For some background I'm an engineering triple major and rising senior at a non-target currently in sales & trading (though not quite by choice) but I want to move into strategy/management consulting. I've started networking with various consultants (but haven't had much luck) and want to apply for full-time roles in September/October. As of now I'm comfortable giving up a full-time offer in my bank to apply to consulting, but any resume feedback telling me that I'm suffering from delusions of grandeur or something similar would be greatly appreciated
Very excited to have found this subreddit. I have read almost every post in the past year or so. I am hoping to get feedback on my resume as I am eager to make a switch to a more reputable consulting firm.
Attended a very average university (business major). Had very average jobs before grad school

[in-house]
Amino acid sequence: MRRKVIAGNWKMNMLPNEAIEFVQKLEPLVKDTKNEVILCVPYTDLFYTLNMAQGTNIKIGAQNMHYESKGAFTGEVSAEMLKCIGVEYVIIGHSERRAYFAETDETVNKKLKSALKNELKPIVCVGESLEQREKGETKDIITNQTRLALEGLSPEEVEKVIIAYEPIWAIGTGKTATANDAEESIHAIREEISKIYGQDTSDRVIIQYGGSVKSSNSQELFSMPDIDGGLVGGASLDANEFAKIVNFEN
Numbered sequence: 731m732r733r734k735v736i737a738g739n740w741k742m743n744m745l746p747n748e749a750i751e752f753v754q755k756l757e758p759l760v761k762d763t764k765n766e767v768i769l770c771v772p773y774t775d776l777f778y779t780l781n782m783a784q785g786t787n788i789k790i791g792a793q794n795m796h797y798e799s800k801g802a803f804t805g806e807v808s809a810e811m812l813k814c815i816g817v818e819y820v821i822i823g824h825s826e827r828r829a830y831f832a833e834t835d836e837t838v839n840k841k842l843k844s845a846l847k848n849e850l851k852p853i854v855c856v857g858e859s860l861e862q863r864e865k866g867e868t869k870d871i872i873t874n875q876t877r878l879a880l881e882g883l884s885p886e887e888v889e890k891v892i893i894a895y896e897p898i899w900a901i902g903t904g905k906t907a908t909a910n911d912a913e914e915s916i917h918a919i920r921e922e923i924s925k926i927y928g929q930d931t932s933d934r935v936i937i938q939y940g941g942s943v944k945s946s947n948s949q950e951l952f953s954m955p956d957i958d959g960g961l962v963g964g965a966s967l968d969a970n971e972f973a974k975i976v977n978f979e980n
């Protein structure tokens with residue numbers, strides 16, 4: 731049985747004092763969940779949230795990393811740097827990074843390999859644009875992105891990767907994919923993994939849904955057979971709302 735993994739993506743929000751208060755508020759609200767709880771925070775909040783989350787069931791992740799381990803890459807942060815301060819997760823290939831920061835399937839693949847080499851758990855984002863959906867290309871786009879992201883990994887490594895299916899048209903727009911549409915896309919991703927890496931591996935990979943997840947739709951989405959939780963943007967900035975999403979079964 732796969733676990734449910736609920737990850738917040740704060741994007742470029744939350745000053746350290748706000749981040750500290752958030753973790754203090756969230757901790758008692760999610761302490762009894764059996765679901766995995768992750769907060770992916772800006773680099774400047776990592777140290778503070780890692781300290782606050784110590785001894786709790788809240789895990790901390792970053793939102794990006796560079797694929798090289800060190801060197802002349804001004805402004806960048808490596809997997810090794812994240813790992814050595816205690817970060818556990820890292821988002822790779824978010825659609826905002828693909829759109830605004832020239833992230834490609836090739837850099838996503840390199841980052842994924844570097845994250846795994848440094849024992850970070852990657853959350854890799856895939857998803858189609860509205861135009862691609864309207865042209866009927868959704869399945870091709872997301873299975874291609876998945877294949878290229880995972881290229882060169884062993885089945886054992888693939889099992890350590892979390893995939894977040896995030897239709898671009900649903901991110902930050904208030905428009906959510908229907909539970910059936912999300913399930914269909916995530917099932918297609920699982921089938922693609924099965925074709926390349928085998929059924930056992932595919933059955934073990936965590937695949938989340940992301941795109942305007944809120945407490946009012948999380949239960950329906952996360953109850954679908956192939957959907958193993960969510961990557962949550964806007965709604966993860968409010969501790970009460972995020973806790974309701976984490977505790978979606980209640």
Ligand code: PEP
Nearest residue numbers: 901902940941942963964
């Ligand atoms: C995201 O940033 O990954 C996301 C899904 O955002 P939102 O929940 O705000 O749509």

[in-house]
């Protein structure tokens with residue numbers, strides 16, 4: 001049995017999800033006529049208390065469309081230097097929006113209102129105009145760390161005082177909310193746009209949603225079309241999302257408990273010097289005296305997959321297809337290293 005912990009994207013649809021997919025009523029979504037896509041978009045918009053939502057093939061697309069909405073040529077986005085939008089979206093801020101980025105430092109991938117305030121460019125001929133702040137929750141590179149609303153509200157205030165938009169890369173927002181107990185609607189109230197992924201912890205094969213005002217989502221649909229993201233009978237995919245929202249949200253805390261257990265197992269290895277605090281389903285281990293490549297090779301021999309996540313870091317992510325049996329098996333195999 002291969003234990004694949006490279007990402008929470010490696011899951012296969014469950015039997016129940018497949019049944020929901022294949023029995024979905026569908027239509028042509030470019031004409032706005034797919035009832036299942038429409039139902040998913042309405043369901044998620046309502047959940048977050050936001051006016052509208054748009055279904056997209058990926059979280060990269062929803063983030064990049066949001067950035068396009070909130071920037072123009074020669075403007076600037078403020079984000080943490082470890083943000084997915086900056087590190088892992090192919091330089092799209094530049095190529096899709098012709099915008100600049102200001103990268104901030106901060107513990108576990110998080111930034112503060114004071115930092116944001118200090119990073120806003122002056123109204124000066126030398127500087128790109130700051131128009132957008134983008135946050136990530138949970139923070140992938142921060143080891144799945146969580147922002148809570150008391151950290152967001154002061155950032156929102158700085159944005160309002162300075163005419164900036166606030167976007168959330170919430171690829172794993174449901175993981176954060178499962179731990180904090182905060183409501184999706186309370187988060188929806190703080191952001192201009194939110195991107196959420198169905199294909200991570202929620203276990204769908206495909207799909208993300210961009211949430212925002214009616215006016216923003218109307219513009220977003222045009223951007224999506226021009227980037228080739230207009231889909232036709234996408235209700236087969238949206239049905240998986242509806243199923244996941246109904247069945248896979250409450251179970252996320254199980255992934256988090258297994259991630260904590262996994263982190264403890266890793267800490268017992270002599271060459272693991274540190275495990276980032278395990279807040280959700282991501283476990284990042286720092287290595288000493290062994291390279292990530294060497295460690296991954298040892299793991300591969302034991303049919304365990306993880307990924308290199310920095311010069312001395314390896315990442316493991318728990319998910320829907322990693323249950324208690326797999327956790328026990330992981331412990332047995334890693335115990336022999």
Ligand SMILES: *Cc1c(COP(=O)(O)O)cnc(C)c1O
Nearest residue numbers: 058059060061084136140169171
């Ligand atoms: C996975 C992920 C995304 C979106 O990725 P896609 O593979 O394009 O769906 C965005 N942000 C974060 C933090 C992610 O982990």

Got in to a top 5 school master's program with a focus on energy economics/finance
Learned about consulting in my second year of grad school and knew that this is what I really wanted to do
Got interviews with all 3 MBBs no offer from any (2nd round McKinsey, 1st Bain and BCG). Went to final round with ATK - no offer, and a couple of final rounds with German-based internal consulting practices, which I also didnt pass
Did get a couple of offers from energy companies for leadership programs and one from an energy analytics/consulting company
Since I wanted to get into consulting I took the only relevant position on the table, which I am currently in. I currently focus (1.5 years now) on strategy consulting and advisory projects in oil and gas industry, with what I would call a 3rd tier firm